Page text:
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I get daily requests from my patients asking whether it is wise to replace their old amalgam fillings. Their concerns typically revolve around having mercury in their body and the long-term systemic effects from this. A secondary concern is esthetic, and how these fillings deteriorate their confidence when smiling.

If patients want to replace amalgams for esthetic reasons, normally this is okay. The danger is when you have a really deep filling in the tooth that already represents a high risk of needing a root canal – in these cases, sometimes, it is better to leave something that is seemingly stable than remove it and provoke a potential inflammatory response.

It is no secret that amalgams are metals. Metals expand more than tooth structure (they have a higher co-efficient of thermal expansion) and thus over time, this cyclical fatigue may cause teeth to crack definitively or show hairline fractures (which may propagate – most scarily into the nerve). In these cases, I do recommend removal of the offending amalgam filling as well as the leading edge of the crack. This is the first, most conservative step. If symptoms continue, sometimes full crown coverage or root canals are required. In modern dentistry, we are trying to prevent this from happening to you. Early-detection is key.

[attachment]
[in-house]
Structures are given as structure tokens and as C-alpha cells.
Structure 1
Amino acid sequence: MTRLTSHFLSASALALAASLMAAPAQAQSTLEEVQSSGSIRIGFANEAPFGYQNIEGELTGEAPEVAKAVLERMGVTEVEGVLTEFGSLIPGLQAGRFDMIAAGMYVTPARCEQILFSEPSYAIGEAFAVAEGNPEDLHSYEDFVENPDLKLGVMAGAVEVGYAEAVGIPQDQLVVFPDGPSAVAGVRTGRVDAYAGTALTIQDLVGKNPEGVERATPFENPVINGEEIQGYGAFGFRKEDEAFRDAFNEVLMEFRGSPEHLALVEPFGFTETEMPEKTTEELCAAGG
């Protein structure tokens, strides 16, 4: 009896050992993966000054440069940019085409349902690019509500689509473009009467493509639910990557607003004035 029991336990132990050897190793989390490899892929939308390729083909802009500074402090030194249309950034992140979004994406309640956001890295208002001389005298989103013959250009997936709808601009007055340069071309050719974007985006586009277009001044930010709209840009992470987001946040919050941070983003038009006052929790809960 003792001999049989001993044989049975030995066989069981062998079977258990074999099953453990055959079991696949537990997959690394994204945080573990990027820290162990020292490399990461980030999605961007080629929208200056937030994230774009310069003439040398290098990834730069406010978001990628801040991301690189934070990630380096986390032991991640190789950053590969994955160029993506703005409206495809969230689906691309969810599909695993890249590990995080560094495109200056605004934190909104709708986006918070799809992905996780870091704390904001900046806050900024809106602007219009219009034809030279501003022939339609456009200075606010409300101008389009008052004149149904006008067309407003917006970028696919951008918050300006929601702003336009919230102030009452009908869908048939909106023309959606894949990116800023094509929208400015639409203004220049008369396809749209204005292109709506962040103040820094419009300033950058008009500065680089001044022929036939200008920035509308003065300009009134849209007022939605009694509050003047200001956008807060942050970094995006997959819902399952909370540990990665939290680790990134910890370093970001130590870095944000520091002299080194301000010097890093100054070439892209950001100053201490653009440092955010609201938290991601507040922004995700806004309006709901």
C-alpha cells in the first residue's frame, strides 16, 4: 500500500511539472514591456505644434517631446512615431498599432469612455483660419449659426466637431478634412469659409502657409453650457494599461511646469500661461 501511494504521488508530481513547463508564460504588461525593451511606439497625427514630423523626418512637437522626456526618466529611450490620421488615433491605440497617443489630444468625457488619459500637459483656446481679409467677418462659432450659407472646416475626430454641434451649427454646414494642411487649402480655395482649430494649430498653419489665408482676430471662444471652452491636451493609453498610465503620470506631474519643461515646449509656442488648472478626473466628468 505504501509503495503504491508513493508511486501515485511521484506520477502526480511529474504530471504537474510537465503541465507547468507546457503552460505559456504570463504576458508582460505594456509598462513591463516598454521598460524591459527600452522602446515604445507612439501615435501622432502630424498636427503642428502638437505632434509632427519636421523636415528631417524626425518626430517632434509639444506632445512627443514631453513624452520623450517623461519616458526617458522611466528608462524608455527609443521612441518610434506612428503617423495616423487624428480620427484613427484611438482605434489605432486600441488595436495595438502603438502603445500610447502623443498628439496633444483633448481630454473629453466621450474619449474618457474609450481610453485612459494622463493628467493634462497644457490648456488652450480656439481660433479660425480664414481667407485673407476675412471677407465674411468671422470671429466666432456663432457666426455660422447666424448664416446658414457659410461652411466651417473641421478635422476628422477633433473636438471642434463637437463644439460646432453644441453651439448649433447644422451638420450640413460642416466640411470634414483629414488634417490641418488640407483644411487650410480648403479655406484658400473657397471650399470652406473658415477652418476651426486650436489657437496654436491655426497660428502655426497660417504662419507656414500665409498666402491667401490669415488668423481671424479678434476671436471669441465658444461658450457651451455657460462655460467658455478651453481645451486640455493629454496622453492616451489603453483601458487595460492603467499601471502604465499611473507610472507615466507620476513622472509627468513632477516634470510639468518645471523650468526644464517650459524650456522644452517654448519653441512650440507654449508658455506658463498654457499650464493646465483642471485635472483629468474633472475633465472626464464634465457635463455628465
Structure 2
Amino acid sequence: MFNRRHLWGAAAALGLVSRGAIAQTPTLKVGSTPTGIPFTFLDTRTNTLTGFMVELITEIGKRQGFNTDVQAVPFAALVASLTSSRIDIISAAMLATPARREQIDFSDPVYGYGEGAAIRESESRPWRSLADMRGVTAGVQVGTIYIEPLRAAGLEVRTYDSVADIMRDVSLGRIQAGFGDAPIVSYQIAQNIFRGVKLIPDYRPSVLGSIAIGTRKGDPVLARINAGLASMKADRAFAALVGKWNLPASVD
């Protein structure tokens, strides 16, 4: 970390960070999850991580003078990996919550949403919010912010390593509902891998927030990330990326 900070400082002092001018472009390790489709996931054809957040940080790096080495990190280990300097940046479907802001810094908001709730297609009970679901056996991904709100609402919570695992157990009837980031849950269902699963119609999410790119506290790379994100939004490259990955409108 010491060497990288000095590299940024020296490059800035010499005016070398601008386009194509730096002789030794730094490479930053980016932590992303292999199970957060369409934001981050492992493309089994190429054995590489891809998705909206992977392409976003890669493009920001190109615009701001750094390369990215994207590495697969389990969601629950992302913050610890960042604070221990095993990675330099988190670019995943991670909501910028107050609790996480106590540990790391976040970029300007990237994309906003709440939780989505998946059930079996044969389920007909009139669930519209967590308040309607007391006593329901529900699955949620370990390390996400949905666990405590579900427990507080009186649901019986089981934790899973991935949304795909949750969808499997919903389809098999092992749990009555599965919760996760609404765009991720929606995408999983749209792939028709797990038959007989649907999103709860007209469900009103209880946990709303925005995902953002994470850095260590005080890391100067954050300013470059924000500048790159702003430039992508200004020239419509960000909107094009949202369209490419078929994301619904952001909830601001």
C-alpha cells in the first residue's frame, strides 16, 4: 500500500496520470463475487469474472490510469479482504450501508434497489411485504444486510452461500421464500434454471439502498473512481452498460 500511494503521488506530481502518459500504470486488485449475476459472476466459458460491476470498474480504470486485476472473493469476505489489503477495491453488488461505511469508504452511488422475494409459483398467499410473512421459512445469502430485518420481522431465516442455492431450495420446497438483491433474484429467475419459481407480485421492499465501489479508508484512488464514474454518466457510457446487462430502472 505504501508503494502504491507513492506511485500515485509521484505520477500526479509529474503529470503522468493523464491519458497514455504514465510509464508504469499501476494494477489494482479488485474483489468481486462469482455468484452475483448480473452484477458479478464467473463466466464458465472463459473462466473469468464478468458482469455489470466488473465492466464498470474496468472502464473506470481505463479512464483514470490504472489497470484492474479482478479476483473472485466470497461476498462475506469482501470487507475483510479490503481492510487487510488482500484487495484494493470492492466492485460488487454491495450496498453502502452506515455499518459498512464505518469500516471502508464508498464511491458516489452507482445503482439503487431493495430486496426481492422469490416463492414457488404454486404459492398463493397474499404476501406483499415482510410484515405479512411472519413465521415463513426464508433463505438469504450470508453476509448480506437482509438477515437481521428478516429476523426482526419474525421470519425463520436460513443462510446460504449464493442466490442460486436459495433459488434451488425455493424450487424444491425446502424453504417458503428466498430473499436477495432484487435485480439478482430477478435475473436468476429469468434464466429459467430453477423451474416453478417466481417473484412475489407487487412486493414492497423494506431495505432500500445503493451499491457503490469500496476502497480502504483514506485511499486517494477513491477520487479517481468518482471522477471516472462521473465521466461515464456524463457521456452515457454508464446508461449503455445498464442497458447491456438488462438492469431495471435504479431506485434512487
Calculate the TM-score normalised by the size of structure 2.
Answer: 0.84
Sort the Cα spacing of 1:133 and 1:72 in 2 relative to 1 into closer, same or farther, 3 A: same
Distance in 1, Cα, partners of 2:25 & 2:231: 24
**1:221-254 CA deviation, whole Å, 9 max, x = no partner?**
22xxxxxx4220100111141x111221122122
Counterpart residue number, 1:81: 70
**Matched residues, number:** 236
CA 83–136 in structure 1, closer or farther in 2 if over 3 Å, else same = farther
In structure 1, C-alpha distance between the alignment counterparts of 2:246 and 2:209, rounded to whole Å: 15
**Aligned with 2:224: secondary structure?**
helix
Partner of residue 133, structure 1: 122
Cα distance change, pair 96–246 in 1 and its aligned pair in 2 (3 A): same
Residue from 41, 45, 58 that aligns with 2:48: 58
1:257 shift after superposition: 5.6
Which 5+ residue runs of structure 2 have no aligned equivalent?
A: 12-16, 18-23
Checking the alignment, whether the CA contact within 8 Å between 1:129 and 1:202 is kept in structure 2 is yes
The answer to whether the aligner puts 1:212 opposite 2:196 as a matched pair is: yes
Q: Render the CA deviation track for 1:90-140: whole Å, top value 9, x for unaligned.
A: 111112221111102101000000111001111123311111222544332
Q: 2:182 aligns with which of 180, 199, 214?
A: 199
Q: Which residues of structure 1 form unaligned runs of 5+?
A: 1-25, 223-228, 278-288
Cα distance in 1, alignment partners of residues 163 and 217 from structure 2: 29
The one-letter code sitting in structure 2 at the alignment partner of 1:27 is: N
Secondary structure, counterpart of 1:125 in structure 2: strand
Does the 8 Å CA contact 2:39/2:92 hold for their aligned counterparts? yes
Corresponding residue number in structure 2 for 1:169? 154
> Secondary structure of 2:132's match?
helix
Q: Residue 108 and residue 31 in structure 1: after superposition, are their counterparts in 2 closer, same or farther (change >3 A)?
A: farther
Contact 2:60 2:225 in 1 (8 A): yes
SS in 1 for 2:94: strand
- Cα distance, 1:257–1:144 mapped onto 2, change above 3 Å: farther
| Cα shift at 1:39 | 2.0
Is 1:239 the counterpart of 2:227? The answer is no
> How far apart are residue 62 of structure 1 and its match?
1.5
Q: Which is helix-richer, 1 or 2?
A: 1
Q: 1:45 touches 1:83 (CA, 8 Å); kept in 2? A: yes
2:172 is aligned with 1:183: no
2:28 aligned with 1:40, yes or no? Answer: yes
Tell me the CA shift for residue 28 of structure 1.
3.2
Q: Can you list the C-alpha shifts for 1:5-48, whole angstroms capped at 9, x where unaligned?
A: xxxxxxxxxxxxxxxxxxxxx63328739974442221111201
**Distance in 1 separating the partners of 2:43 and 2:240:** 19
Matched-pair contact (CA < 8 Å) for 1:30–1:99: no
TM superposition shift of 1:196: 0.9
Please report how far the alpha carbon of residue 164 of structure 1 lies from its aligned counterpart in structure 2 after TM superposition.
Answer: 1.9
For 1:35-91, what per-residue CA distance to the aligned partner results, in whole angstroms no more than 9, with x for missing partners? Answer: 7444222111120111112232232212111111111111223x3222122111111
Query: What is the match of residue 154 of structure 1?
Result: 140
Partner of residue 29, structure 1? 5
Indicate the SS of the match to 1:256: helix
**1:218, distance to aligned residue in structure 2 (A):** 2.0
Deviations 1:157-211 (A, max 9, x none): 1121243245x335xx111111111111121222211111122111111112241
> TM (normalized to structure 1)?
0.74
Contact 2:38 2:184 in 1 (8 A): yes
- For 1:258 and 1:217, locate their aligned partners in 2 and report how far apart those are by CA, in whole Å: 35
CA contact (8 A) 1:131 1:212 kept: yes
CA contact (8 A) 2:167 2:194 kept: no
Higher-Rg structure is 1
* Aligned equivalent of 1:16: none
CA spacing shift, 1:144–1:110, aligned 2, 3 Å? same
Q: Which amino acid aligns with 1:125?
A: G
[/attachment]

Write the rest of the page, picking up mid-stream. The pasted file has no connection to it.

The recent earthquakes in Wellington is a key example. Cracks are seen as dangerous in certain support structures – the council and individuals have the choice of reinforcing or eliminating these cracks before a catastrophic failure, however due to budget often these “risks” of doing little or nothing is taken. You will never grow your teeth back again. Let’s try to identify problems before they become catastrophic.

Mercury: If an amalgam filling is intact and there is no evidence of cracks or tooth weakening, I will tell my patients to “leave it alone.” I don’t like to fix “what ain’t broke.” In fact, mercury levels are highest at the time of amalgam filling placement and removal. In the middle plateau, the amalgam level drops to an insignificant, menial level. You probably consume more mercury from the seafood you eat every week. Is the risk of increased mercury vapor when the amalgam is drilled out greater than the benefit? Always look at benefit:risk ratios, especially when it comes to your health.

Make good choices, and see you at the practice.